The linebackers add Robert Quinn to their corps, and will adopt a new system in hopes of clamping down offenses.

Enter Robert Quinn.

Drafted in the first round in 2011, Quinn came to the Rams a defensive end. He thrived. In three seasons, he amassed 40 sacks, and recorded three in a game to break the team’s single-season sack record. Quinn was everything and more to the Rams’ defense.

Then, silence.

For two seasons, Quinn was a shell of his former self. Battling injuries to his back, shoulder, and even concussions, Quinn appeared in 17 games from 2015 to 2016 and recorded nine sacks in that time.

Enter Wade Phillips and a 3-4 defense.

Phillips’ 3-4 is widely viewed as a game-changer for teams. The Houston Texans defense became a different animal under the system and was a large contributor to Houston’s playoff runs. With the Broncos, it helped carry an under-performing Peyton Manning and win them a Super Bowl.

It shut down Cam Newton.

Among it’s laundry list of positives, the Rams are hoping to add one more to the list of to-do’s: bring Robert Quinn back to his former self.

New System, New Positions

If Quinn is going to revamp his career, he won’t be doing it with his hand in the dirt. Instead, he will be standing up as an outside linebacker. The idea is that he can rush the quarterback effectively, and often, despite his age. Just like Demarcus Ware.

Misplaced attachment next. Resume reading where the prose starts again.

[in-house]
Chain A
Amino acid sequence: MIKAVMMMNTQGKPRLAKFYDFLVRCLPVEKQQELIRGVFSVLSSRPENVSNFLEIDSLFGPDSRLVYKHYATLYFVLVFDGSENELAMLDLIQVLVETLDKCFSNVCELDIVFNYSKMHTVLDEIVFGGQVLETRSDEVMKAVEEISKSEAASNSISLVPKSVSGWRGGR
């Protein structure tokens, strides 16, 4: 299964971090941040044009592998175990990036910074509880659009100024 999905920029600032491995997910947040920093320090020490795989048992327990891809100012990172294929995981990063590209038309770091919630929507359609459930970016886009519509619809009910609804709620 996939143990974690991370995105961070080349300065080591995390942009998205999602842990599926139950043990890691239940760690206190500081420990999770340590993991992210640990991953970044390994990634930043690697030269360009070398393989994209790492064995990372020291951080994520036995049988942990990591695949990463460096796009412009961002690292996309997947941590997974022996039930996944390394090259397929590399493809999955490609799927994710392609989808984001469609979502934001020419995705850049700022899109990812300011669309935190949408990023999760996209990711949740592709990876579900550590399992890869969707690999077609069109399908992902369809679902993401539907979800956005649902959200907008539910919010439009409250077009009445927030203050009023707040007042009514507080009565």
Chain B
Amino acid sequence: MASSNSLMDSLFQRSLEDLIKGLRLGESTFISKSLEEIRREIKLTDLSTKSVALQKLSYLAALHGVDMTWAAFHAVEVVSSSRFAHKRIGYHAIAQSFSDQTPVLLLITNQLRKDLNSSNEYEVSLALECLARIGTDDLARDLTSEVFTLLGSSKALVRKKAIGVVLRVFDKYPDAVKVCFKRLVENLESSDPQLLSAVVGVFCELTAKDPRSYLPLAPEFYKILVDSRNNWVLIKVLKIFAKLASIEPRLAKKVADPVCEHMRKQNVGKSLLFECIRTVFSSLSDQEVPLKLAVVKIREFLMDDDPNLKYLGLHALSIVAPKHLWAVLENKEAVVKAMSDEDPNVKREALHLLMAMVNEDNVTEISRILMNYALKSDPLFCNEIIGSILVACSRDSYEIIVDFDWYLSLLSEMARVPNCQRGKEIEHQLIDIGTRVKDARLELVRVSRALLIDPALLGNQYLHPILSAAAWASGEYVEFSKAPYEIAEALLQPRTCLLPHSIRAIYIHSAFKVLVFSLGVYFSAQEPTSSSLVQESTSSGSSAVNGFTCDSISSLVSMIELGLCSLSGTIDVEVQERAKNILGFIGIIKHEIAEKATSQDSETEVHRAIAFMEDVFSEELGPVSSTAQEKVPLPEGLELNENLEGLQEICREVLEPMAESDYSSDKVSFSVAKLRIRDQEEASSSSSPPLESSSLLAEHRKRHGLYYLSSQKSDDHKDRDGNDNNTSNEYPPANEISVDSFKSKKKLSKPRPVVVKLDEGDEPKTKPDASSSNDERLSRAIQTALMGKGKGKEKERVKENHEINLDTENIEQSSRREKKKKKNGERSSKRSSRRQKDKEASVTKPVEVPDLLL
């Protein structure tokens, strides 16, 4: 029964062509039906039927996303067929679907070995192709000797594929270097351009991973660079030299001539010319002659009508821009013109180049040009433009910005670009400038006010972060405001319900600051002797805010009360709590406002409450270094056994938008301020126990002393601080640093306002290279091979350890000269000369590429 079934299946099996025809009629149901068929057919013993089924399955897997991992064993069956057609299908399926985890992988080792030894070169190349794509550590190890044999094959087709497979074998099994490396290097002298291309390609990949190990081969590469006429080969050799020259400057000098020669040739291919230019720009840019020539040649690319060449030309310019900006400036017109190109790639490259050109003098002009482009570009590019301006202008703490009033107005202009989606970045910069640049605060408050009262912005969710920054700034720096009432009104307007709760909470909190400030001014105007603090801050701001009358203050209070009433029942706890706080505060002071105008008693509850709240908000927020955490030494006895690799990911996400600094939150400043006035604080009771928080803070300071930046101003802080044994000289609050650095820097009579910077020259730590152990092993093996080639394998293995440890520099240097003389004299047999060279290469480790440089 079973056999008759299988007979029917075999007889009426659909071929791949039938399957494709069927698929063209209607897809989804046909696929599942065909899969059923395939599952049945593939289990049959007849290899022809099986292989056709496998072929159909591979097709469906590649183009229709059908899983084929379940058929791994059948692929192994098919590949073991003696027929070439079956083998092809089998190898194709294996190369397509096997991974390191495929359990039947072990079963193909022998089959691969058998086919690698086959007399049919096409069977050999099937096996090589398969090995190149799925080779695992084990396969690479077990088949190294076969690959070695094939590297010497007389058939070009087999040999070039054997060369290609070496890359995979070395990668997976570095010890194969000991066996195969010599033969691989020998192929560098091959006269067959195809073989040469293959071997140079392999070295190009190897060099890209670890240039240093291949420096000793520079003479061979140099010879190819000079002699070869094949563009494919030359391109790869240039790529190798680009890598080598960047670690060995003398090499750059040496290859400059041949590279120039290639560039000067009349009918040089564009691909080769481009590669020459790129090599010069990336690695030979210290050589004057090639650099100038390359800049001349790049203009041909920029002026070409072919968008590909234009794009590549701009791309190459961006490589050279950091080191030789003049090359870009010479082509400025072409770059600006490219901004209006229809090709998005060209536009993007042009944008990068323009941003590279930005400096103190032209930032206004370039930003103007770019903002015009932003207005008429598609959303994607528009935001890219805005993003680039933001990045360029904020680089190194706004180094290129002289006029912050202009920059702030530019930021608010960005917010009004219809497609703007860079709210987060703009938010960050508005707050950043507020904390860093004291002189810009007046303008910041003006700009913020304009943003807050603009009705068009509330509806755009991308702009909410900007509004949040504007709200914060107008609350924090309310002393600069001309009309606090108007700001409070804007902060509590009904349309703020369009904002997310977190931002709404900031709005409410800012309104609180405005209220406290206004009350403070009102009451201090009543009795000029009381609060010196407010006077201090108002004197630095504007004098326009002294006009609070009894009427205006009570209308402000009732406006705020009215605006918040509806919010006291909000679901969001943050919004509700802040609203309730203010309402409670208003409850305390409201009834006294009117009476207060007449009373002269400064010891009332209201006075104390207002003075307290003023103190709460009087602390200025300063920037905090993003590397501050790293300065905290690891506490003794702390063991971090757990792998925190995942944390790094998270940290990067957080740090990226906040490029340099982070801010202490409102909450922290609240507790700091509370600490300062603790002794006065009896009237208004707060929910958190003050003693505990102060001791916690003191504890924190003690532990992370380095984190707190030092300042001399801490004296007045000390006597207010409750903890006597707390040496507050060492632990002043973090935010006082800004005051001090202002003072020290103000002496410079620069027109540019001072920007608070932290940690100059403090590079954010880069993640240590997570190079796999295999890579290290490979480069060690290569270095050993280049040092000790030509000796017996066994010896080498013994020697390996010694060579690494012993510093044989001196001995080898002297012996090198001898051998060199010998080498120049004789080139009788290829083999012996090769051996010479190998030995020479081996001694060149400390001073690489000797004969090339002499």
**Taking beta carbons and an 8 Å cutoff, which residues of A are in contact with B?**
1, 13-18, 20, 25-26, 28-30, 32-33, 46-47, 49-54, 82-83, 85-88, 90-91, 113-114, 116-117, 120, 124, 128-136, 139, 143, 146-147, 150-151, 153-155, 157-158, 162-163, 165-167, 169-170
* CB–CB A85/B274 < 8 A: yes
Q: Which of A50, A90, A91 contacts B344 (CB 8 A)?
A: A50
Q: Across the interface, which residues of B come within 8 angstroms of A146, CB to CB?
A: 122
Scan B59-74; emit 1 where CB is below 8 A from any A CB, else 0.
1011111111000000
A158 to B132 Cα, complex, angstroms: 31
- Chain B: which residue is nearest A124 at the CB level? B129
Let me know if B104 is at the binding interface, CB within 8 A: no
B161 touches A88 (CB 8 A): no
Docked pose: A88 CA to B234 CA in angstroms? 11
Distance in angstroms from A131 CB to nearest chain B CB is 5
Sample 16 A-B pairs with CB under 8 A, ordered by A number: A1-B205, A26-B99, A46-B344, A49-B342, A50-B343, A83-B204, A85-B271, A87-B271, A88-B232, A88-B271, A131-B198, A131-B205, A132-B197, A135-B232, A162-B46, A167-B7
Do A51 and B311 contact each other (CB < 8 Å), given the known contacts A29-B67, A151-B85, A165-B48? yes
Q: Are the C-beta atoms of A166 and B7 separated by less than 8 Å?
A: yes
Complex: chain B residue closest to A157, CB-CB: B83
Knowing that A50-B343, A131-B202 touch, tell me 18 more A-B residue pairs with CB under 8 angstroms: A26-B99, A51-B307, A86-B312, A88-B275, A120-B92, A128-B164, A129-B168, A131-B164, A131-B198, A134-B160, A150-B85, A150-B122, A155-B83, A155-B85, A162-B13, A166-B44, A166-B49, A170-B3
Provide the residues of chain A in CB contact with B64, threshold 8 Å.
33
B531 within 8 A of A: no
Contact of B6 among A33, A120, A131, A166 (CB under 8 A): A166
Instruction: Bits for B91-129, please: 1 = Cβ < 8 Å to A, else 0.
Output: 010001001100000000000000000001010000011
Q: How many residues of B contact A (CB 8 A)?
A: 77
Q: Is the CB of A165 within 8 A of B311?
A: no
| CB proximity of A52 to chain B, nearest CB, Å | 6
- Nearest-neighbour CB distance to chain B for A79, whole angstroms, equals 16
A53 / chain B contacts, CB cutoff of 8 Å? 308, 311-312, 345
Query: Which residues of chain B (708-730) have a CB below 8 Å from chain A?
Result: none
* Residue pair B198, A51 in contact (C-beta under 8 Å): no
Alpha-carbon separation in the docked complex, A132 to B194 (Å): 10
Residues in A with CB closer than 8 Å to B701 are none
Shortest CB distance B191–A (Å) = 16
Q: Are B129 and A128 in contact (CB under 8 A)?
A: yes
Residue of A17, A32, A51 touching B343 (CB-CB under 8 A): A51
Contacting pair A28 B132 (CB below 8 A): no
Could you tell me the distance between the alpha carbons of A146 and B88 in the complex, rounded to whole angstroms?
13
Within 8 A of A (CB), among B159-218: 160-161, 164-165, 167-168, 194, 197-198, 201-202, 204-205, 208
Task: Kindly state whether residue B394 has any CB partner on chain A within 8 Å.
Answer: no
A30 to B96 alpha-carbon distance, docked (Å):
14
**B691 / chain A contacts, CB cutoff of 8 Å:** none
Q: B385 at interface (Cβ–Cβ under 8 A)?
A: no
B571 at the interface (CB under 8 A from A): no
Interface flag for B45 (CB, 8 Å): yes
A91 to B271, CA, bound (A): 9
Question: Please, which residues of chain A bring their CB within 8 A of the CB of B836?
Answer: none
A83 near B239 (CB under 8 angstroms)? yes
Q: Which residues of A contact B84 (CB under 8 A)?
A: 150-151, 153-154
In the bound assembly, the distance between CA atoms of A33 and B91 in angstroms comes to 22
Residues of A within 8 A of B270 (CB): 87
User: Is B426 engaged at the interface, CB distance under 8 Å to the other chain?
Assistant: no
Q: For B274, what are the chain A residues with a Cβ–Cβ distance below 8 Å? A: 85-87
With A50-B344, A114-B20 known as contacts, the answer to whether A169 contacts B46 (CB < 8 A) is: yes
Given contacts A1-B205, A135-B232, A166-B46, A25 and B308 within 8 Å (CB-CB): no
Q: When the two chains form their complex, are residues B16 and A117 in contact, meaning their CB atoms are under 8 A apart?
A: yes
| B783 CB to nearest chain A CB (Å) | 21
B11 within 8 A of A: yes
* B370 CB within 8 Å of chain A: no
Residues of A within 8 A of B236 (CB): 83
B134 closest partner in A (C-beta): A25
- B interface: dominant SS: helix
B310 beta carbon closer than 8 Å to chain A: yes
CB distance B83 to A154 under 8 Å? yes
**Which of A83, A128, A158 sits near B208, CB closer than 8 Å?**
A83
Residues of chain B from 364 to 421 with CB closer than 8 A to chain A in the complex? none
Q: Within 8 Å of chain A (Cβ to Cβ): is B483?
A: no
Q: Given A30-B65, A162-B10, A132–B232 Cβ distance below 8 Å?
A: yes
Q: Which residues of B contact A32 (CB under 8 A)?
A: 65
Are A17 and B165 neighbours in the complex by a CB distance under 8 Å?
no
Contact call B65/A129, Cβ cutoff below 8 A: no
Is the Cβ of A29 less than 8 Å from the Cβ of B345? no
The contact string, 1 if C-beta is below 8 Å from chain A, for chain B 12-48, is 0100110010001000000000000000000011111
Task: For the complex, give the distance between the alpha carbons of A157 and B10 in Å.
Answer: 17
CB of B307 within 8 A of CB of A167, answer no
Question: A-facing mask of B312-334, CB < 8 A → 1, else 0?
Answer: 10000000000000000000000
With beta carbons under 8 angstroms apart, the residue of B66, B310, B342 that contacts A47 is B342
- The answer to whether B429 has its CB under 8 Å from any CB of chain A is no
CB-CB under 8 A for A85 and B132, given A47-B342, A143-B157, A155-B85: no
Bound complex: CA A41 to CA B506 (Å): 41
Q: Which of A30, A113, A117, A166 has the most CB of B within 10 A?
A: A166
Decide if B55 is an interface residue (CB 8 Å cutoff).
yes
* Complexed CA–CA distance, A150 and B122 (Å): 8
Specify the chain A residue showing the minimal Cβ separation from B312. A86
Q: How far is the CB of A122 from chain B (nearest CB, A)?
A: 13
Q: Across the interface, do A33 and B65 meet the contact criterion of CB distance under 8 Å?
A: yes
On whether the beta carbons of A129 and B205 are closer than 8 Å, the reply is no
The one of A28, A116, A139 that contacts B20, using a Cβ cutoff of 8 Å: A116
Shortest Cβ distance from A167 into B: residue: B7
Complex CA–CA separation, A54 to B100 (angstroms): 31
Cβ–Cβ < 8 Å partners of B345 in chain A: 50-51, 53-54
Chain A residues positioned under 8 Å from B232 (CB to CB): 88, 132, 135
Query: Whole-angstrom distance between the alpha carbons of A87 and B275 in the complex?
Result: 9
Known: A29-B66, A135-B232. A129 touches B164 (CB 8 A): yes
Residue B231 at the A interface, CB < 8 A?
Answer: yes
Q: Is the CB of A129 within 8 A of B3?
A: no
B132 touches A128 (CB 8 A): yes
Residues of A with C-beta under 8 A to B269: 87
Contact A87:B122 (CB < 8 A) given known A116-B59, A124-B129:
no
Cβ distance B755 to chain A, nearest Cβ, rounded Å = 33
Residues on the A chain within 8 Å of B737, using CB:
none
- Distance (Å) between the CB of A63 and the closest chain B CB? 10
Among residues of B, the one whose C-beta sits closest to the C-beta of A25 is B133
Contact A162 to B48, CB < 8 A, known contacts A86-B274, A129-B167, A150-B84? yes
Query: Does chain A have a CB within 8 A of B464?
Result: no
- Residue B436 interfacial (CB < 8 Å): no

Another name in a new position will be Mark Barron. Don’t put too much emphasis in “new” as he’s moving one step inside to become the second inside linebacker, alongside Alec Ogeltree. Barron is a dominant run-stopper and one of the best defenders the Rams have. He flies around the field and takes ball carriers down, despite his smaller stature compared to other linebackers.

Whatever Phillips has in store for Barron, it’s predicted he will not only handle the objectives, but thrive under the new system.

Ogeltree remains the leading pillar in this defense. He recorded a career-high 98 tackles through all 16 games last season. But take those with a grain of salt, as the defense as a whole was not impressive. Ogeltree will lead the charge into Phillips’ new defense and he will look to continue his production amongst a revamped personnel around him.

Familiar Face

Connor Barwin makes his return under Phillips, which could be a huge help in translating what the new defense asks of the linebackers. Barwin was his best under Phillips’ 3-4 in Houston. He recorded 41 sacks in 80 games, and was a featured backer among guys like DeMeco Ryans and Brian Cushing.

Once he left for Philly and their 4-3? Things didn’t go well for Barwin. Familiar surroundings will be good for him and in turn, good for Los Angeles.

Shallow depth

The Rams seem to have a great first string of linebackers. The bad news? The depth is virtually untested.

Corey Littleton, Josh Forrest, and Bryce Hager return to the Rams in hopes of earning more snaps during the regular season.

Forrest earned some reps last year, but now he’s working to return from an ACL injury last season, and the rest of the depth is made up of special teams guys and newcomers. Draft pick Samson Ebukam comes from Eastern Washington, like offensive darling Cooper Kupp. But don’t expect the high expectations for Ebukam like his former college teammmate has.

Ebukam and the rest of the younger guys are nowhere near as talented as the rest of their veteran teammates. There is a lot to catch up on. Their quickest way to the field is obviously through the injury of the man in front of them.

Hager is the most promising of the bunch, followed by Littleton, and then Forrest. Should Forrest come back from his injury, he could be a rotation contributor along with Hager.

Ejuan Price, Morgan Fox, and Carlos Thompson could be one of the first cuts among this group.